This is a new work on Elocution, by and as skiltul an arrangement as this work. The book is got up in excellent It is designed for instruction and disci

Professor Caldwell, of Dickinson college. style and illustrated by a large number of wood cuts. The publishers, Messrs. Sorin pline in the use, management, and moduand Ball, seem determined to get the

sation of the voice, and for facilitating

the other requisitions necessary to make good will of the community, by publish, ing good books and no others. They de- work seems to have been prepared with

an accomplished reader or speaker. The serve every encouragement.

great care and labor. The analysis of

the elements of vocal utterance and From the Christian Advocate and Journal, power, is minute, and is in accordance New York.

with the principles laid down by Dr.

Rush, in his Philosophy of the tuman Professor Ca!dwell has given us, in the Voice." The student will find in Profespreparation of this Manual, satisfactory sor Caldwell's volume a valuable assistevidence of his qualifications as a teacher ant and guide, in a department of educaof elocution. Acknowledging his indebt- tion generally too much neglected. edness to the standard philosophical work of Rush, and to Austin's Chironomia,the author has at the same time thought

From the Albany Daily Advertiser. for himself, and prepared a work not only

The author of this work is no tyro on adapted for the use of students in colleges the subject of which he treats.

He has and academies, but most especially, a mind not only adapted, but trained, lo and this we deem its chief excellence, physical analysis, and familiar with the of those who are engaged in the active science of Elocution in all its progressive duties of the ministry.

stages. It is a work to be studied careAs a practical work, we have no hesita- fully rather than read cursorily-a work tion to commend it as superior to any for those who teach Elocution as well as thing of the kind we have ever seen. for those who learn it; and, we cannot We doubt not, that a discerning public doubt, that it is destined to perform an will agree with us in opinion. Every essential service in leading to a more

general, intimate, and philosophical ac- are valuable indeed, and would be of service quaintance with this highly important to all our preachers.branch of learning.-S.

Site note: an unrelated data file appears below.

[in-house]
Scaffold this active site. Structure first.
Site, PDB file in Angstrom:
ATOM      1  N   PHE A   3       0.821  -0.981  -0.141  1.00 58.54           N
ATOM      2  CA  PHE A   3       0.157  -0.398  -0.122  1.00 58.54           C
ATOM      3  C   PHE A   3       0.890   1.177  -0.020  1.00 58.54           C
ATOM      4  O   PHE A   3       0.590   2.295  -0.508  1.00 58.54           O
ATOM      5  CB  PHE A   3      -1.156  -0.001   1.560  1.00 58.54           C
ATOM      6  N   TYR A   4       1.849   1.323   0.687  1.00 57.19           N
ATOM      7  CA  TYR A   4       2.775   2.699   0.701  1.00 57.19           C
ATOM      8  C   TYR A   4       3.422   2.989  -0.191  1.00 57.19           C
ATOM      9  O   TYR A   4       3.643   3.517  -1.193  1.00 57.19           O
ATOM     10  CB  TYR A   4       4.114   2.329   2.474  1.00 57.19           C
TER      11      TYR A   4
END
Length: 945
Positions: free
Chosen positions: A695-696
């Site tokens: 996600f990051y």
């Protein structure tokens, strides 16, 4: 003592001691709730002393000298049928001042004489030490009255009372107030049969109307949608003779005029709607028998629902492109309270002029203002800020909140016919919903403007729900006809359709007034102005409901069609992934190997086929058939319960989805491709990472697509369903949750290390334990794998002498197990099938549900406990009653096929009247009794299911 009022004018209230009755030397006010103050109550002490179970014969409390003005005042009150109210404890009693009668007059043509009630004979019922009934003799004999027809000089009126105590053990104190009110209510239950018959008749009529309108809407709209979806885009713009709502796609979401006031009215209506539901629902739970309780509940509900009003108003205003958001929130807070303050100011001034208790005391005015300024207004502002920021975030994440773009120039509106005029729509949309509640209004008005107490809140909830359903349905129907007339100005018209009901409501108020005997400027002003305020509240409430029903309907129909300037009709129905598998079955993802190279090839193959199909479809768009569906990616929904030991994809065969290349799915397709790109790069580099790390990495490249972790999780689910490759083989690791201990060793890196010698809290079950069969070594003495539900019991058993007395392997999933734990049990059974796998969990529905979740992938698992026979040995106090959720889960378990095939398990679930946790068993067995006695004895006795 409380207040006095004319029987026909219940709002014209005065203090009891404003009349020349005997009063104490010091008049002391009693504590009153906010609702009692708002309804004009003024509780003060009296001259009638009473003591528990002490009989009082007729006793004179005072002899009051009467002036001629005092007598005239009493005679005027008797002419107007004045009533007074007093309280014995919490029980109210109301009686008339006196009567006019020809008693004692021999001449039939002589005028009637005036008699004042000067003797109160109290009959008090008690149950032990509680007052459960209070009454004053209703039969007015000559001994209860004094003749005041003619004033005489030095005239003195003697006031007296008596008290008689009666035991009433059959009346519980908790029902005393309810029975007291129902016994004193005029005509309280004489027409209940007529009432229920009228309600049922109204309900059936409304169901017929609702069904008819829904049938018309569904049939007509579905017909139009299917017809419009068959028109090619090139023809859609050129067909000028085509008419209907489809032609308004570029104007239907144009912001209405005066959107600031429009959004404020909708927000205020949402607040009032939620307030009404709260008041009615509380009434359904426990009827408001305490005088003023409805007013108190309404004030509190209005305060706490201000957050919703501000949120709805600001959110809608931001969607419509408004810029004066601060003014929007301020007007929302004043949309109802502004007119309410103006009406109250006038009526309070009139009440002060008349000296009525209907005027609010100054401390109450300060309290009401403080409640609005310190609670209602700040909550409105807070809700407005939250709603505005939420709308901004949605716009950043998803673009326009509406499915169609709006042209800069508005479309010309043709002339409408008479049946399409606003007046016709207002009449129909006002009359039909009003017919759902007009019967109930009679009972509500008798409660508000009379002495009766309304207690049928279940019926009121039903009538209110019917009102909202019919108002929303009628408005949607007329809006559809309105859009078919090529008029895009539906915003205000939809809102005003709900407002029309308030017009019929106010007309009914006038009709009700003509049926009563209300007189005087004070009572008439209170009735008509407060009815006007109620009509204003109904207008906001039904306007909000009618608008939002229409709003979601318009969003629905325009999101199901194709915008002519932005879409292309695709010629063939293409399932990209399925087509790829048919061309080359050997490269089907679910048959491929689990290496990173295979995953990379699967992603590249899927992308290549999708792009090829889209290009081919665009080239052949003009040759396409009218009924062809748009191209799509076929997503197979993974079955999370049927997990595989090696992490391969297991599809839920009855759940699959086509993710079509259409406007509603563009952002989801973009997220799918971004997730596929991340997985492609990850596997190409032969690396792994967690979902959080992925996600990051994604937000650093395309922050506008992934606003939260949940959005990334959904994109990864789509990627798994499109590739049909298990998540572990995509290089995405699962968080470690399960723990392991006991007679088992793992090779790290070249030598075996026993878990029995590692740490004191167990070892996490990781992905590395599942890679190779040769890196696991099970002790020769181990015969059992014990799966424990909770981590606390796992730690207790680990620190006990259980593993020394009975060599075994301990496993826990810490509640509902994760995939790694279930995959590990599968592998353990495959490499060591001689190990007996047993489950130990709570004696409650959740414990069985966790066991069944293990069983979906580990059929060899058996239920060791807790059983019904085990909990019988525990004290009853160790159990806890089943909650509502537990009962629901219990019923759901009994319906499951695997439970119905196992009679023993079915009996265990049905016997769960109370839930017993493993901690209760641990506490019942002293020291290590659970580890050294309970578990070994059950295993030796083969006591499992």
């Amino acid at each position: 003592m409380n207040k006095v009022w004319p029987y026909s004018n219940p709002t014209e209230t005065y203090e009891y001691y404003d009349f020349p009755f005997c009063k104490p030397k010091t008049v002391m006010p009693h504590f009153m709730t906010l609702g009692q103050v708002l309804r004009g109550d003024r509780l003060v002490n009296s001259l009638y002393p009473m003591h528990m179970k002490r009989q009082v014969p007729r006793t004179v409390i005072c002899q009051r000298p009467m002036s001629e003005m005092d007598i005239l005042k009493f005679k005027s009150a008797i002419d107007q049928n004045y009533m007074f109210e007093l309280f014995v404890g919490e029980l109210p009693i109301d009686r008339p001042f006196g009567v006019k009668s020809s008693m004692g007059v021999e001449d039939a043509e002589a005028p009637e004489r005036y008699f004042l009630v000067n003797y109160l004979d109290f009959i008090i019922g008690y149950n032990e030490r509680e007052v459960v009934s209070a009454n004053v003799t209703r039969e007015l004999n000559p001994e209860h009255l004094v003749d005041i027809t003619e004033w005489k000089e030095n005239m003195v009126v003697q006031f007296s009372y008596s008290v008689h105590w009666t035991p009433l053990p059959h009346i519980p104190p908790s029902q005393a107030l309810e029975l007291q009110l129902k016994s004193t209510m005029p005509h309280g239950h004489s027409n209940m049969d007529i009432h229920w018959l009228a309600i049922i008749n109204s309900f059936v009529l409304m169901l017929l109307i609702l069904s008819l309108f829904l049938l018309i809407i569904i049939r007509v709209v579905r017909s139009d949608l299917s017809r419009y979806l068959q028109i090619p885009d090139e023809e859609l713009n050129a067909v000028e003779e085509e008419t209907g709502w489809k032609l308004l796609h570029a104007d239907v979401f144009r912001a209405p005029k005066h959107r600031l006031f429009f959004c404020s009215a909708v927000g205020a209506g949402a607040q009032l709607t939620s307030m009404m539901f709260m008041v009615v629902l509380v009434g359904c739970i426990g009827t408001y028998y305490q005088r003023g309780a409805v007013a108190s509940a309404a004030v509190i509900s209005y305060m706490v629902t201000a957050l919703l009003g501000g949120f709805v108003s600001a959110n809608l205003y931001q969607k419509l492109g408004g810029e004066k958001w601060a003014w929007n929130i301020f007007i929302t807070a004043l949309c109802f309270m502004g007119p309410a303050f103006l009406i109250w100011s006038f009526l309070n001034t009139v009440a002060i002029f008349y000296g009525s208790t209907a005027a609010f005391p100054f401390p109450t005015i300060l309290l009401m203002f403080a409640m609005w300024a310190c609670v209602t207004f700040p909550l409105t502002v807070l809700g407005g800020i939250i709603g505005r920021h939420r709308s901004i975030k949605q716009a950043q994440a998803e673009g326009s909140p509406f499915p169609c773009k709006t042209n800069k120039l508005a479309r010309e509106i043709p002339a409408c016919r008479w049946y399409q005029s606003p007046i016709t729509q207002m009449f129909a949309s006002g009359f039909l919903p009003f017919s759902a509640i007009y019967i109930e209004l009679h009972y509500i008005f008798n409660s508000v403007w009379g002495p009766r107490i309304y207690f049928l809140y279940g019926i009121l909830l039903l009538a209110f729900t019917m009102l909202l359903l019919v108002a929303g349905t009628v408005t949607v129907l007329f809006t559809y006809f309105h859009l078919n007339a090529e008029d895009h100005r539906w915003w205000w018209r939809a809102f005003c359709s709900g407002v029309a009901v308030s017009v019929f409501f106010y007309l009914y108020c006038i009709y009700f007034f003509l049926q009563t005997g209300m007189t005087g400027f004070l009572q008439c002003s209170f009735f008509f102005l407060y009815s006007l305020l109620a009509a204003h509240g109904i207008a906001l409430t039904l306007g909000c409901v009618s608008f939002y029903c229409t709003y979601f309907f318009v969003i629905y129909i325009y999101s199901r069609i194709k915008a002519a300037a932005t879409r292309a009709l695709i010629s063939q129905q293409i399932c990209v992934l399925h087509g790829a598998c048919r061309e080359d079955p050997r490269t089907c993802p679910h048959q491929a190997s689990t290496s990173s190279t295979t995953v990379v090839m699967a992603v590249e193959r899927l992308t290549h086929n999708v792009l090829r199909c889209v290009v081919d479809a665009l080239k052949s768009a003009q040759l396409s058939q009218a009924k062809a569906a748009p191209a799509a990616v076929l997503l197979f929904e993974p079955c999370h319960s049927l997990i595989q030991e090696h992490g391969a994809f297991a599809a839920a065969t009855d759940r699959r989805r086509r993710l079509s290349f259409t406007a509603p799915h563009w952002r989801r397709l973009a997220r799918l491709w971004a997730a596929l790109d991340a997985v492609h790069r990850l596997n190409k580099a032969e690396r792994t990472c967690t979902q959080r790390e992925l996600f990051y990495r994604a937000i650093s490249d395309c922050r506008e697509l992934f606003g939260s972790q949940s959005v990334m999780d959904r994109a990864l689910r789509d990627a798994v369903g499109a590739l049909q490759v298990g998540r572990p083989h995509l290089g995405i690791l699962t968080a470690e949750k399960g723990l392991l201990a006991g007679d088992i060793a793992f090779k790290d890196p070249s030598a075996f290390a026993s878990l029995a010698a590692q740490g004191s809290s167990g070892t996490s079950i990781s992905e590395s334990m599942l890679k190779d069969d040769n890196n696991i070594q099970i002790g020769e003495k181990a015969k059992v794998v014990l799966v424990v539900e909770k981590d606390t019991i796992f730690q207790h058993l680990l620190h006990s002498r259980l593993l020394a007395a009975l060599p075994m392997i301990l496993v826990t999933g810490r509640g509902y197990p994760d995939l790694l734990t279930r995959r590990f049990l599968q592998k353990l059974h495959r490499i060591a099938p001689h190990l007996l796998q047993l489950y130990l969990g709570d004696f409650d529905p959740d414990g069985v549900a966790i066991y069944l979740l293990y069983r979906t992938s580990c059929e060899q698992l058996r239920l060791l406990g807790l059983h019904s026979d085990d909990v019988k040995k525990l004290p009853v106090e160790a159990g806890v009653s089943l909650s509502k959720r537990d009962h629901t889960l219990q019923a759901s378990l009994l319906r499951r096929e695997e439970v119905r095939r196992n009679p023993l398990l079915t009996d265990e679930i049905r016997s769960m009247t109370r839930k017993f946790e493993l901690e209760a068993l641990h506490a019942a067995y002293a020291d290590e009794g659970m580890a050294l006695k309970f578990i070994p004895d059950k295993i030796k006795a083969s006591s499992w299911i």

From the Southern Christian Advocate, From the Albany Evening Atlas.

Charleston, S. C. This treatise is constructed throughout lieve that this is a valuable manual, in

A cursory examination leads us to beupon philosophical principles, and is evi. dently the result of much profound re- which the reader or student will find all flection and laborious search. We doubt

the important principles embodied, which not, that it is destined to be adopted in relate to the management of the voice our higher literary institutions, and we

in reading or publie speaking, and a full trust it may contribute not a little to analysis of the elements of gesture in an elevate the standard of public speaking confessedly of the highest importance in

accomplished Elocution. The subject is throughout the land. especially interested in the chapter on this country; and we commend to the the eloquence of the pulpit, which brings favorable notice of Teachers and Profesmuch sound and excellent thought with-sors, this publication. in very narrow limits; and we are quite sure, that if our clergymen generally From Zion's Herald and Wesleyan Jourwould study it, and would reduce to

nal, Boston. practice the rules which it contains, it The chief excellencies of this work would be found an important auxiliary are, first, It embraces the two subjects of both to their popularity and usefulness.- voice and gesture; and, secondly, These E.

are thoroughly and minutely developed.

It makes a practical application of the From the Western Christian Advocate, principles of Rush, in regard to the Cincinnati.

former, and draws amply from the “ChiThis work comes before the public, in ronomia” of Austin for the latter. It is our opinion, with considerable claims for a critical and technical text book, adapted very general use in colleges and acade- for the thorough drilling of the student. mies. We cannot, however, claim much He cannot pass through it without bevalue for our opinion in regard to the coming master of the iwo great implebest use of voice and gesture, unskilled ments of Elocution-voice and gesture. as we are in both these very important parts of public speaking. Nevertheless,

From the Christian Mirror, Portland. unless we are mistaken, Mr. Caldwell's The author of this Manual, who is well book will be well and generally re- known in this State as a faithful and exceived.

perienced teacher, remarks that, “the We cannot withhold the following ex- question was once asked by the Bishop tract of a letter from Dr. Durbin, to our- of Cloyne, in relation to Great Britain, self, in which he mentions Mr. Caldwell's whether half the learning of the kingdom book, in the following terms. President was not lost for want of having a proper Durbin's opinion is of great value in this delivery taught in our schools and colcase, as he has had much opportunity of leges ?" And, he adds, “a similar inwitnessing the practical utility of the quiry cannot but force itself on any book, and is withal, a master in the very thoughtful observer, in regard to our own department treated on. The annexed is country.” Permit a correspondent, Mr. the extract: